This Old House is the highest-rated home improvement series in television history. It also happens to be a favorite of mine dating back many years. As I start this new series focusing on career paths in the entertainment industry I will be interviewing folks from all corners of the biz to share with you. So when I had the chance to speak with host Kevin O’Connor I jumped at the opportunity.
Kevin is starting his seventh season as the host of the legendary PBS television series. You would think he came to this gig with a construction education, artisan experience, acting history or some combination thereof. As it turns out he used to be a banker, which is only one of the things I found intriguing about our discussion on career paths:
PB: You came from a traditional finance and banking background. MBA in finance, big bank experience, then boom you’re the new host of This Old House. How did that happen?
KO: My wife and I bought a fixer-upper north of Boston and at one point we hit a dead-end on one of the many projects in the house. So we sent an email to the This Old House web site and the producer contacted us. They were doing 6 minute min-segments for their new show ‘Ask this Old House’ and thought our issue and our house would be a good profile. So they showed up at my house and we started working on the project. During breaks I would grab Tom Silva, the show’s general contractor, and barrage him with questions about different issues I faced in fixing my house. I knew that when they walked out, I’d never get that level of consultation ever again.
As it turned out, the producer is there watching all this go down. The segment turned out to be what they wanted and there was a good vibe during the production. A few weeks later they reached-out to me with an offer to become the third host of This Old House. How could I say no?
PB: Have you ever thought about where you would be if you didn’t get that offer?
KO: Probably not doing so well in the banking industry right now.
PB: When you think about it, This Old House was one of the original reality television shows. How do you compare it to what is out there now, like Extreme Makeover and the like?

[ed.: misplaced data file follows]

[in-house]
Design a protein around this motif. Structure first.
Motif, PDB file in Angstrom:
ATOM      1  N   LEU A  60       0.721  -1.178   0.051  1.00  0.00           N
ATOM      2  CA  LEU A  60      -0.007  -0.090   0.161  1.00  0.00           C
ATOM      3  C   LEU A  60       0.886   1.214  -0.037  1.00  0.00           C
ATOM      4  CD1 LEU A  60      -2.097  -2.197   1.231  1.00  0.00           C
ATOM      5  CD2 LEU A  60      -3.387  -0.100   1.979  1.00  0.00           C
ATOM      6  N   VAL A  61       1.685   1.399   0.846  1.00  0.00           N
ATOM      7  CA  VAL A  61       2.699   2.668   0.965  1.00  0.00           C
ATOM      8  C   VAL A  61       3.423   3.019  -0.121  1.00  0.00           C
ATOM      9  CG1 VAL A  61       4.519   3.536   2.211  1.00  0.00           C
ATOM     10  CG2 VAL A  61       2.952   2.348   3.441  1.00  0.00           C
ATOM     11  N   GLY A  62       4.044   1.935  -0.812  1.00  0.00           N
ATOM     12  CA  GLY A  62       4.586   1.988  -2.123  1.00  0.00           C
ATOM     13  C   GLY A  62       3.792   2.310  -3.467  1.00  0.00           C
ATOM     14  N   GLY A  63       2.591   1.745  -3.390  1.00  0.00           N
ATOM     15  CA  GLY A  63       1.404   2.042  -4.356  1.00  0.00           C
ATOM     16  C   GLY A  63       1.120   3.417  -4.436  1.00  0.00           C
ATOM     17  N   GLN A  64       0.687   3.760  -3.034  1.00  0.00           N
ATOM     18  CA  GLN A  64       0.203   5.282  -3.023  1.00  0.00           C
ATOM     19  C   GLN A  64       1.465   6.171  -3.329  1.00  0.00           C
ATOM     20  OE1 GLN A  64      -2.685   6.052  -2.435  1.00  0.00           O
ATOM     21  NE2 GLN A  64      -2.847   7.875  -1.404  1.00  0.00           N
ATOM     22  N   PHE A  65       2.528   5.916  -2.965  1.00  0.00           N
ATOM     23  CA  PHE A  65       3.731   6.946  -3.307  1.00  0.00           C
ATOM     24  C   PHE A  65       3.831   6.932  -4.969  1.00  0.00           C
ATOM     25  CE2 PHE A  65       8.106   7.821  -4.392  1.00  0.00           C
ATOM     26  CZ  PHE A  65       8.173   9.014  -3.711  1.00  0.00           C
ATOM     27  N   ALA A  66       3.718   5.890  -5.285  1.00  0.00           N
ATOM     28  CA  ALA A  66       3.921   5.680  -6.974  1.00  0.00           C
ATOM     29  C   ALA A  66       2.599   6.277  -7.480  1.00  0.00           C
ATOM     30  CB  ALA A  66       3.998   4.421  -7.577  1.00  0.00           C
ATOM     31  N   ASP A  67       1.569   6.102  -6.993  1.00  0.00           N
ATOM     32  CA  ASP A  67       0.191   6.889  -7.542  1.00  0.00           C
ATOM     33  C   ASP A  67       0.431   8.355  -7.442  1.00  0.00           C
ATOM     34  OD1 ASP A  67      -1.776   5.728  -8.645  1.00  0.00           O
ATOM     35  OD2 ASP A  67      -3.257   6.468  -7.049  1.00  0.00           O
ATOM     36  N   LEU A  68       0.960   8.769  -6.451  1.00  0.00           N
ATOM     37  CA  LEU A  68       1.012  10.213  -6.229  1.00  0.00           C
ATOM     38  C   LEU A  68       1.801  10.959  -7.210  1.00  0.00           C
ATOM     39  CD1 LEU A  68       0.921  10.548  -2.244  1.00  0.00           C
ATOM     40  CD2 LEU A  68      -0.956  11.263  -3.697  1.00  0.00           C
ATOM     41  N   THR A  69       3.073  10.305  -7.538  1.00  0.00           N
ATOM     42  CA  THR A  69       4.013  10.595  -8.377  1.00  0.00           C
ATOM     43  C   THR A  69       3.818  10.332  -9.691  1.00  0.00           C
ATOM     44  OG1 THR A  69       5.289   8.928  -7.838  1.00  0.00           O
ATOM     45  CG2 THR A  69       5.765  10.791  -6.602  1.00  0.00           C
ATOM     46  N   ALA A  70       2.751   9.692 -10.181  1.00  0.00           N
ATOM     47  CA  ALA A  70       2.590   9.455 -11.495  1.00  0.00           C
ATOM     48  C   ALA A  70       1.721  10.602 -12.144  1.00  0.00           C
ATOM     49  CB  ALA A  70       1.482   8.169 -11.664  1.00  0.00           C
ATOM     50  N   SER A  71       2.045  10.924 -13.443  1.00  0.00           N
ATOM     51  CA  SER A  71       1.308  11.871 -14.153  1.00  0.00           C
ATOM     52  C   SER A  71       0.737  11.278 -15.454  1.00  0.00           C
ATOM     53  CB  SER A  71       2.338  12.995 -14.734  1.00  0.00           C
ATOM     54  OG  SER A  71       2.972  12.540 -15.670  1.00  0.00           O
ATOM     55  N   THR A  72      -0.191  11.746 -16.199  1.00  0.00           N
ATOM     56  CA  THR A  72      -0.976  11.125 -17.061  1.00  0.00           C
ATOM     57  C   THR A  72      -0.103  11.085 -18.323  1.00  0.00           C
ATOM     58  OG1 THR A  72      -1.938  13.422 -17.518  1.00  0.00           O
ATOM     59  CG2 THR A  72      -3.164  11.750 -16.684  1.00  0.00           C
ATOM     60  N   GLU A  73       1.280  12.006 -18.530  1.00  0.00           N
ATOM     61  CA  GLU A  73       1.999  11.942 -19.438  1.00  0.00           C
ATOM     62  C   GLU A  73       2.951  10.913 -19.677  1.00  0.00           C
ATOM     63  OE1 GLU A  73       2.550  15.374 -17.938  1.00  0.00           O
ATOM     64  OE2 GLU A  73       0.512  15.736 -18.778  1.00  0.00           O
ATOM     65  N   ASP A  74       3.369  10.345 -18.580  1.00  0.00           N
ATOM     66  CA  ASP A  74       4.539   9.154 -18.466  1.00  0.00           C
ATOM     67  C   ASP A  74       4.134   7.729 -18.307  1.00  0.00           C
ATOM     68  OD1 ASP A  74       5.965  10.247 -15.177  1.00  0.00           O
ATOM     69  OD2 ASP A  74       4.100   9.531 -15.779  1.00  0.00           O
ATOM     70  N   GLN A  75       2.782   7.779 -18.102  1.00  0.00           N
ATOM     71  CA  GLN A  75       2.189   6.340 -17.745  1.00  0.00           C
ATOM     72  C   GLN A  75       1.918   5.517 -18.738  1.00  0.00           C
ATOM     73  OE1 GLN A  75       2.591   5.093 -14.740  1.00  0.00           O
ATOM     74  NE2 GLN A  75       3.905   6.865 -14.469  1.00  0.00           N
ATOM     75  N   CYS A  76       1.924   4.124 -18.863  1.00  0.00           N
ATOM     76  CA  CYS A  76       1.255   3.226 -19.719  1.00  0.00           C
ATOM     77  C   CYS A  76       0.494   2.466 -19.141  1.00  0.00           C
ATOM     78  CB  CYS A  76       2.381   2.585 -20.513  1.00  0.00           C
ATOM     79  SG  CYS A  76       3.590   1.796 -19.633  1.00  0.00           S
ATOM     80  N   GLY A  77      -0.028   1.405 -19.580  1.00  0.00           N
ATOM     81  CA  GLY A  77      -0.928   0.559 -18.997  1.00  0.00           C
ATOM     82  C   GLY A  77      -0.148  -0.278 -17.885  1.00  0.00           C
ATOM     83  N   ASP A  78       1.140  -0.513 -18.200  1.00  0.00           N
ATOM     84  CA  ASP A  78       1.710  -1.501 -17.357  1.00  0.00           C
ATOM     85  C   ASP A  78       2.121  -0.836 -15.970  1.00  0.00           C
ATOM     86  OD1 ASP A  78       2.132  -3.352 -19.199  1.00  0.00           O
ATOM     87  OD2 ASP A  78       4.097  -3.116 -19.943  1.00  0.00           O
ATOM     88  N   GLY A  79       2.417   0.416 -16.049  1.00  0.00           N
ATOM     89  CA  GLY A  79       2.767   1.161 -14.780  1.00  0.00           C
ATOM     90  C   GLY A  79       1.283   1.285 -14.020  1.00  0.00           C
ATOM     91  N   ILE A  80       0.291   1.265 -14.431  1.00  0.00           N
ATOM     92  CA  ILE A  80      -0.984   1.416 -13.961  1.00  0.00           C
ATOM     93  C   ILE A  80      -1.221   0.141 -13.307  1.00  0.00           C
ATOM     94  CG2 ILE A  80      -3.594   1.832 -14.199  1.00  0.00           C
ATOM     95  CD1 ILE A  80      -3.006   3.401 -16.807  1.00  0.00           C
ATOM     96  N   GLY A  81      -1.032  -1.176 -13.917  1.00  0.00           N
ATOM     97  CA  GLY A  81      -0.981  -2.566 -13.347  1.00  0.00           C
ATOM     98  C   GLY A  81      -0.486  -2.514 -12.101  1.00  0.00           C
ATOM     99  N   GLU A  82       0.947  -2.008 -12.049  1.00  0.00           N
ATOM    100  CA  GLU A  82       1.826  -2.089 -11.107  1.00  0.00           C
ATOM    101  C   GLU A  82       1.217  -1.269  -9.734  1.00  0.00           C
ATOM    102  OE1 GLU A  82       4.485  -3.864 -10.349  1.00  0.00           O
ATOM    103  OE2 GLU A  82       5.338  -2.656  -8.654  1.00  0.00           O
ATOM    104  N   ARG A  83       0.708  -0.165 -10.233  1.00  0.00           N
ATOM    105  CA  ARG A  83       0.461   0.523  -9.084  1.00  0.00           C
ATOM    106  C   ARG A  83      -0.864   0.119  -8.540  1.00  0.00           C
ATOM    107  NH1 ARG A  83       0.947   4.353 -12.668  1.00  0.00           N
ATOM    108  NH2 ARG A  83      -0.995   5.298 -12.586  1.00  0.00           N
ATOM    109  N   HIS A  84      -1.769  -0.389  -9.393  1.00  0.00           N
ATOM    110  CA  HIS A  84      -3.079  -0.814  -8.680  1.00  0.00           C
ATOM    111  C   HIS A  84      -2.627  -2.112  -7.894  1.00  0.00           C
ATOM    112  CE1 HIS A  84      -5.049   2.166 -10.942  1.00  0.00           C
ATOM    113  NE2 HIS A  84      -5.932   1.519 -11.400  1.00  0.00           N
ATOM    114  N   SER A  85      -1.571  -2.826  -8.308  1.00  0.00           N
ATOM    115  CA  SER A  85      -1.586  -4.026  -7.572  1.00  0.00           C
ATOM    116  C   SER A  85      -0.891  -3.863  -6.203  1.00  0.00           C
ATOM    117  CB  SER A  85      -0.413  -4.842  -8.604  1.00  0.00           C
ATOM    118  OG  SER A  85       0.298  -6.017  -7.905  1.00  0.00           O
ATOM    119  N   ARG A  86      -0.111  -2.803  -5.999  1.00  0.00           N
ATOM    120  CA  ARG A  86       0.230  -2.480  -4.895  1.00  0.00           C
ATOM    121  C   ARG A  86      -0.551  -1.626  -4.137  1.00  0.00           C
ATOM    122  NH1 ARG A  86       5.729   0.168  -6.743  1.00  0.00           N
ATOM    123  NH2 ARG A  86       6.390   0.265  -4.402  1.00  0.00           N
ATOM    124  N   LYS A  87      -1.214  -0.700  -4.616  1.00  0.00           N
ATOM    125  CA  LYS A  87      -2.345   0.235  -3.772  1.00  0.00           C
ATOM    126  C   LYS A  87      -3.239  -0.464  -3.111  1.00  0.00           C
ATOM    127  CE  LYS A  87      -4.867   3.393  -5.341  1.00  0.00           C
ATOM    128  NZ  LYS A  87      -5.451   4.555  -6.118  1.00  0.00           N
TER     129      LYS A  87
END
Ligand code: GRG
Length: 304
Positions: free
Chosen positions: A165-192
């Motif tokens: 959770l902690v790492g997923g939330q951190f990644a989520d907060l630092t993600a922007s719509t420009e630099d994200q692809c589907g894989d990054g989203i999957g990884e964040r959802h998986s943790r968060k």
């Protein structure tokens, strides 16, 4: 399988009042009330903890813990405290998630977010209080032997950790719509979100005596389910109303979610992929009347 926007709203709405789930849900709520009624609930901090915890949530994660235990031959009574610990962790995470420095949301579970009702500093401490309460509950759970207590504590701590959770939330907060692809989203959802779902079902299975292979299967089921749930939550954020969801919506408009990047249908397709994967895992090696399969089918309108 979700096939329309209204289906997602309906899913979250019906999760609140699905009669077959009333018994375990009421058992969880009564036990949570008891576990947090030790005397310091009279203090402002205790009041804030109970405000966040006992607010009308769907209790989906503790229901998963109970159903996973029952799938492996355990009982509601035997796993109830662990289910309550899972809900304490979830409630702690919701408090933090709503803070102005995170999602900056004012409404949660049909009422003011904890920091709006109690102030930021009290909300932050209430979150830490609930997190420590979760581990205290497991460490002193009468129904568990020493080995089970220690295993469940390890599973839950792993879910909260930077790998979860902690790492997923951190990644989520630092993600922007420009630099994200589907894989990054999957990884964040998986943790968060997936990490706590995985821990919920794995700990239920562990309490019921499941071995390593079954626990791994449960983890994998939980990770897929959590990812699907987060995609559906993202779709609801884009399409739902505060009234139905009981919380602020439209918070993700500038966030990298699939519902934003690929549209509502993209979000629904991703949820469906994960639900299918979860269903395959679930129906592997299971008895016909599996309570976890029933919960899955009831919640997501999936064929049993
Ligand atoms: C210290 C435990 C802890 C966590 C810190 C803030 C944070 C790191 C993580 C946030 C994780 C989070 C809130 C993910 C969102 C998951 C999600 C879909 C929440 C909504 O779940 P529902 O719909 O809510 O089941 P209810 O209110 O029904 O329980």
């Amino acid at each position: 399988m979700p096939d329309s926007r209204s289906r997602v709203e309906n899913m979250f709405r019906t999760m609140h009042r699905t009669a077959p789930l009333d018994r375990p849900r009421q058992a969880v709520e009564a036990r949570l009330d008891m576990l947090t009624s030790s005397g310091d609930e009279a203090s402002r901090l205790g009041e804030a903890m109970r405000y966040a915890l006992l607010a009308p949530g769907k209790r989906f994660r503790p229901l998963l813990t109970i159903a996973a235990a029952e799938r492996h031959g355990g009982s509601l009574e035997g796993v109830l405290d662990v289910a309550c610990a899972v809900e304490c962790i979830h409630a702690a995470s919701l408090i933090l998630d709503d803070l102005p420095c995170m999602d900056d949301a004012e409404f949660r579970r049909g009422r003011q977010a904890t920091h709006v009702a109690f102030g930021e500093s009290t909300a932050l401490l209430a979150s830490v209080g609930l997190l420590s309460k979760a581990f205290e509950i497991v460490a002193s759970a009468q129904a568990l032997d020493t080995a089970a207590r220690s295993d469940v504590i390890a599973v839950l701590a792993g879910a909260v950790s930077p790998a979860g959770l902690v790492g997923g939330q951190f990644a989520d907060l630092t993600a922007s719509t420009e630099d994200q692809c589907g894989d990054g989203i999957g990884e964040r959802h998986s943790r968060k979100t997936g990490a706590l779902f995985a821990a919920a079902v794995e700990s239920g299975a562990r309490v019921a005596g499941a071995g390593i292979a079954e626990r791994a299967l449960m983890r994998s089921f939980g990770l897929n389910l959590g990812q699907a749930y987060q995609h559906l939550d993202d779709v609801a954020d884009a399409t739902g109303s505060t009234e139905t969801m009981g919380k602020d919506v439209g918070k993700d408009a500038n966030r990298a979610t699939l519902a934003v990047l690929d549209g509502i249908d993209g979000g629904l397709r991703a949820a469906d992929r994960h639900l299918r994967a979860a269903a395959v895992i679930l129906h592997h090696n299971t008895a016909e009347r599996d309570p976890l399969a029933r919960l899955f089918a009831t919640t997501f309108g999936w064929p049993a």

KO: We don’t do product placement in the segments which is the exact opposite of others that are out there. We are PBS, and that has its own culture. Plus, unlike so many reality shows based loosely on houses, ours is about the house, first and always.
PB: Do you guys shoot just a ton of video and work things out in the editing room?
KO: Not at all, this is another difference with that comparison. I’ve done other shows where they have four cameras rolling all day long and you really don’t know what will come out of the editing bay as the final show. On This Old House, we don’t operate from a script. The guys on the crew have been working on the show for 30 years, and came to it with a ton of experience, so my job is to break-down what is obvious to them and translate it to the viewers. We try to shoot complete paragraphs, explaining things that a layman would understand. Sometimes we will shoot a segment and look at it come out of post and realize we never stopped rolling.
PB: Looking back at the last six years what one quality can you say was the most important thing you brought with you to this new phase of your career?
KO: Curiosity. I am naturally curious about how things are built, how they come together and how guys like this crew overcome things. As it turns out that’s the quality the producer knew was important in the host role and its how I ended-up getting cast.
PB: Would you say you’ve achieved Rock Star status out there in viewer land?
KO: I don’t think the PBS audience is the target demographic to make something like that happen. My ‘Q’ factor does go up when I go to places where that demo hangs out, like museums and what not. Then I am catcalled as “Hey, Old House” or “Old House Guy”. It is humbling.
PB: What’s next for Kevin?
KO: I am working on doing a few new things that work in with my schedule here. Prior to this I never viewed the media world as a career and I guess I still don’t. I would love to stay and become an old timer on the show...it’s that unique of a situation for me.